What are the challenges of analyzing Big Data? Big Data are characterized by high dimensionality and large sample size. These two features raise three unique challenges: (i) high dimensionality brings noise accumulation, spurious correlations and incidental homogeneity; (ii) high dimensionality combined with large sample size creates issues such as heavy computational cost and algorithmic instability; (iii) the massive samples in Big Data are typically aggregated from multiple sources at different time points using different technologies. This creates issues of heterogeneity, experimental variations and statistical biases, and requires us to develop more adaptive and robust procedures.

PARADIGM SHIFTS

To handle the challenges of Big Data, we need new statistical thinking and computational methods. For example, many traditional methods that perform well for moderate sample size do not scale to massive data. Similarly, many statistical methods that perform well for low-dimensional data are facing significant challenges in analyzing high-dimensional data. To design effective statistical procedures for exploring and predicting Big Data, we need to address Big Data problems such as heterogeneity, noise accumulation, spurious correlations and incidental endorgeneity, in addition to balancing the statistical accuracy and computational efficiency.

In terms of statistical accuracy, dimension reduction and variable selection play pivotal roles in analyzing high-dimensional data. This is designed to address noise accumulation issues. For example, in high-dimensional classification, [4] and [5] showed that conventional classification rules using all features perform no better than random guess due to noise accumulation. This motivates new regularization methods [6–10] and sure independence screening [11–13]. Furthermore, high dimensionality introduces spurious correlations between response and unrelated covariates, which may lead to wrong statistical inference and false scientific conclusions [14]. High dimensionality also gives rise to incidental endogeneity, a phenomenon that many unrelated covariates may incidentally be correlated with the residual noises. The endogeneity creates statistical biases and causes model selection inconsistency that lead to wrong scientific discoveries [15,16]. Yet, most statistical procedures are based on unrealistic exogenous assumptions that cannot be validated by data (see the ‘Incidental endogeneity’ section and [17]). New statistical procedures with these issues in mind are crucially needed.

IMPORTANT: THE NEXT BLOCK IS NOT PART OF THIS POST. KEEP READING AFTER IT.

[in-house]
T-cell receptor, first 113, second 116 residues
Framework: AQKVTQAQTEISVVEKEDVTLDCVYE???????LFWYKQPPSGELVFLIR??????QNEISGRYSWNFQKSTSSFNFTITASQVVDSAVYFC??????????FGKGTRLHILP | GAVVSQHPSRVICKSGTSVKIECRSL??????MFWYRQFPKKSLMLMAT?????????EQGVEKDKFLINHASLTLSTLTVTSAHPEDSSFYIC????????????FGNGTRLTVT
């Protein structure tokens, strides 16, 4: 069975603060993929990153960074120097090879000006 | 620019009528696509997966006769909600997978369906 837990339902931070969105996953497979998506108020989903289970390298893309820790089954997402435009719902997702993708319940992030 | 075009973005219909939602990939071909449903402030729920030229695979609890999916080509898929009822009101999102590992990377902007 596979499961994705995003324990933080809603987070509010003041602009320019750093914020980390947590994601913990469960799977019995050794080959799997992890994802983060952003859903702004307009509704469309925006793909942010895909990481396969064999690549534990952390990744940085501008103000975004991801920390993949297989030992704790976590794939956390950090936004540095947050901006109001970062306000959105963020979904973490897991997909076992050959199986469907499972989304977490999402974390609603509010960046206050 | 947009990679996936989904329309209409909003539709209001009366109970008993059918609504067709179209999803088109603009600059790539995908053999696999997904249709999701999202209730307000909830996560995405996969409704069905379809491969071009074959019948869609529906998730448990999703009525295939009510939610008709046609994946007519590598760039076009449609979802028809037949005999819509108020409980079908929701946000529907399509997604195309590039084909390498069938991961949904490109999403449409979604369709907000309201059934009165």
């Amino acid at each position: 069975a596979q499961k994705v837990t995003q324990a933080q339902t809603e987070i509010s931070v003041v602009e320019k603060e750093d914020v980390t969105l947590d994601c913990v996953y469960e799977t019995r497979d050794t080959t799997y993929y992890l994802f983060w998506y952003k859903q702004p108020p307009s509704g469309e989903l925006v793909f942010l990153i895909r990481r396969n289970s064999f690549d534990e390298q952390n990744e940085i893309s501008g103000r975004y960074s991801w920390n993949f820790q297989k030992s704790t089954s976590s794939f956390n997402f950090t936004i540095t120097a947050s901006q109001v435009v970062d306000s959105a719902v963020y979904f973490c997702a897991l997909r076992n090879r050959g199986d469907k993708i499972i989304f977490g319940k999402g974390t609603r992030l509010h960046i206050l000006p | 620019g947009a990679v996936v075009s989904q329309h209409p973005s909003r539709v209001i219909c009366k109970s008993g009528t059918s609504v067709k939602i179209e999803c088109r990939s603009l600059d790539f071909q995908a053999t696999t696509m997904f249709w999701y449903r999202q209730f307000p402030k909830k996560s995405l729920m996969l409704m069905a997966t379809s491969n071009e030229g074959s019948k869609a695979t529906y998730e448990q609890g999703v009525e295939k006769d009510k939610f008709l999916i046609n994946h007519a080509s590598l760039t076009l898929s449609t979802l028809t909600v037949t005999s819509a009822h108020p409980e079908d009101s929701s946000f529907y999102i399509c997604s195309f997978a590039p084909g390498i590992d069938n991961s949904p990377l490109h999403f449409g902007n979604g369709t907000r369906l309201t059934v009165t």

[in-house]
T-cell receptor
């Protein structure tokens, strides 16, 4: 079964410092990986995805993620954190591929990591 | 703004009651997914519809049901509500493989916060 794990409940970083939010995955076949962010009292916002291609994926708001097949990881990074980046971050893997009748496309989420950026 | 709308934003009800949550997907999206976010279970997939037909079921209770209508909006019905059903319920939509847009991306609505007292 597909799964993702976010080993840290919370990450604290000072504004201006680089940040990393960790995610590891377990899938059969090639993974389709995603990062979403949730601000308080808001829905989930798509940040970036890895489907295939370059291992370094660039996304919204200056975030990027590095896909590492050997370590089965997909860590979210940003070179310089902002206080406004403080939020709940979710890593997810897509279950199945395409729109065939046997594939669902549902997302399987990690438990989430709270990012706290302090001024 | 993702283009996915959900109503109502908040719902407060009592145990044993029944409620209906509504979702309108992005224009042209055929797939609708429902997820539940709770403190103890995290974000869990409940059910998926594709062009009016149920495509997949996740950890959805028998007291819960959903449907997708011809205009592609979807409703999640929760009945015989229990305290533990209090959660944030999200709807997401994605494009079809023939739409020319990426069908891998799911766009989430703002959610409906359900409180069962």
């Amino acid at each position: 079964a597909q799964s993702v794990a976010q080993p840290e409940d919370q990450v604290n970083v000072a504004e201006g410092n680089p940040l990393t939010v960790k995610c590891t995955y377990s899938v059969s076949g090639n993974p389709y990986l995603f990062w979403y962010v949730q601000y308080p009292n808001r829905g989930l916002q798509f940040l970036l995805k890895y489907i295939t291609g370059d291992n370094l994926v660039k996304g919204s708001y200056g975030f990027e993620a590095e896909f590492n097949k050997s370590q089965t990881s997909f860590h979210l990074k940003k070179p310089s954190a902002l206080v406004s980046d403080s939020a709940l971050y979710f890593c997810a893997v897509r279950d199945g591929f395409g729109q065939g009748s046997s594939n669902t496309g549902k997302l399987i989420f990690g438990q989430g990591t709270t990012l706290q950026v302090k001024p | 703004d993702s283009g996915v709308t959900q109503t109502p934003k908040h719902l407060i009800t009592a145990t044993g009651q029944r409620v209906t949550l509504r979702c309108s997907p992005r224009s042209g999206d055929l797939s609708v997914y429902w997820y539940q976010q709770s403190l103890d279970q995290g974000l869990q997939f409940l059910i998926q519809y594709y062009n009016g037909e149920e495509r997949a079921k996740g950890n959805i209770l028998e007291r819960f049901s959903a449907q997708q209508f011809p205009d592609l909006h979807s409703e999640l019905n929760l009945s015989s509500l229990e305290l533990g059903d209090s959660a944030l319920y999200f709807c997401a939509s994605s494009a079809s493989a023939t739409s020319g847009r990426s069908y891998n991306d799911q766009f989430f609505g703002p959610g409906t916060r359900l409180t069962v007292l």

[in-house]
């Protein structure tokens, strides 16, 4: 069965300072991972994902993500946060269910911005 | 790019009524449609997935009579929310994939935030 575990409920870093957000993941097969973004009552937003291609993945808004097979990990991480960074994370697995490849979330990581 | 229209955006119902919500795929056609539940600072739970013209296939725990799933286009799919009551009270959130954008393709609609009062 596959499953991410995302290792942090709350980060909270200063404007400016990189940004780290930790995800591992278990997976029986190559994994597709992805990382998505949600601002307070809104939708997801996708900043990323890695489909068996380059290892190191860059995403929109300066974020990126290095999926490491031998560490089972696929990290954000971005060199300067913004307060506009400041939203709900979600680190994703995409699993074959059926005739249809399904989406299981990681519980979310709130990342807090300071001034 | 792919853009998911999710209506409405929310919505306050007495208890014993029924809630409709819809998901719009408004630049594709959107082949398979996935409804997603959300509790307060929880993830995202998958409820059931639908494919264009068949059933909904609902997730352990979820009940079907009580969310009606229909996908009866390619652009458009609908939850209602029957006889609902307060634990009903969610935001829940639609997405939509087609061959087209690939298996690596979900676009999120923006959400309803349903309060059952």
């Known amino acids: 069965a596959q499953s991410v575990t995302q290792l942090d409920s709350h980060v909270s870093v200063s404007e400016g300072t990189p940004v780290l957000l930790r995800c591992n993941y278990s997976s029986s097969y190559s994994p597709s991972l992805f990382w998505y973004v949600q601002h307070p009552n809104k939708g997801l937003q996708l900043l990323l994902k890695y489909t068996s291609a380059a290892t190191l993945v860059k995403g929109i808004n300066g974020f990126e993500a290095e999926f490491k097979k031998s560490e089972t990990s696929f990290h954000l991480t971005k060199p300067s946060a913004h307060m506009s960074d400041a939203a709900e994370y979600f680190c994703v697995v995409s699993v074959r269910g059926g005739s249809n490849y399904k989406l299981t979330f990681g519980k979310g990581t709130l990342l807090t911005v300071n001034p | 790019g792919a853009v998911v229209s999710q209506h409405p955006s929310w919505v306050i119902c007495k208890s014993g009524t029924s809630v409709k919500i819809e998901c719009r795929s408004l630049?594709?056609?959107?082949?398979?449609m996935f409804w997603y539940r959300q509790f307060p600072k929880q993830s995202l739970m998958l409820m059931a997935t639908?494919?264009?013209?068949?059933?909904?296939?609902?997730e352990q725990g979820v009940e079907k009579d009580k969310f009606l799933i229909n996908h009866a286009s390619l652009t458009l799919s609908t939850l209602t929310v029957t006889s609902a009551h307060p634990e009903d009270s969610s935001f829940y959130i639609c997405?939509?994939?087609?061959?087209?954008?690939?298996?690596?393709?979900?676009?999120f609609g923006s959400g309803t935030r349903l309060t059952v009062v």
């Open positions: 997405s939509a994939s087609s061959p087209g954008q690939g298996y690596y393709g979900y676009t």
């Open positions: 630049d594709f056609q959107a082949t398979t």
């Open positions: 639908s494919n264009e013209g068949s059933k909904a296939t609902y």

In terms of computational efficiency, Big Data motivate the development of new computational infrastructure and data-storage methods. Optimization is often a tool, not a goal, to Big Data analysis. Such a paradigm change has led to significant progresses on developments of fast algorithms that are scalable to massive data with high dimensionality. This forges cross-fertilizations among different fields including statistics, optimization and applied mathematics. For example, the authors of [18] showed that the non-deterministic polynomial-time hard (NP-hard) best subset regression can be recast as an L1-norm penalized least-squares problem which can be solved by the interior point method. Alternative algorithms to accelerate this L1-norm penalized least-squares problems, such as least angle regression [19], threshold gradient descent [20] and coordinate descent [21,22], iterative shrinkage-thresholding algorithms [23,24], are proposed. Besides large-scale optimization algorithms, Big Data also motivate the development of majorization–minimization algorithms [25–27], ‘large-scale screening and small-scale optimization’ framework [28], parallel computing methods [29–31] and approximate algorithms that are scalable to large sample size.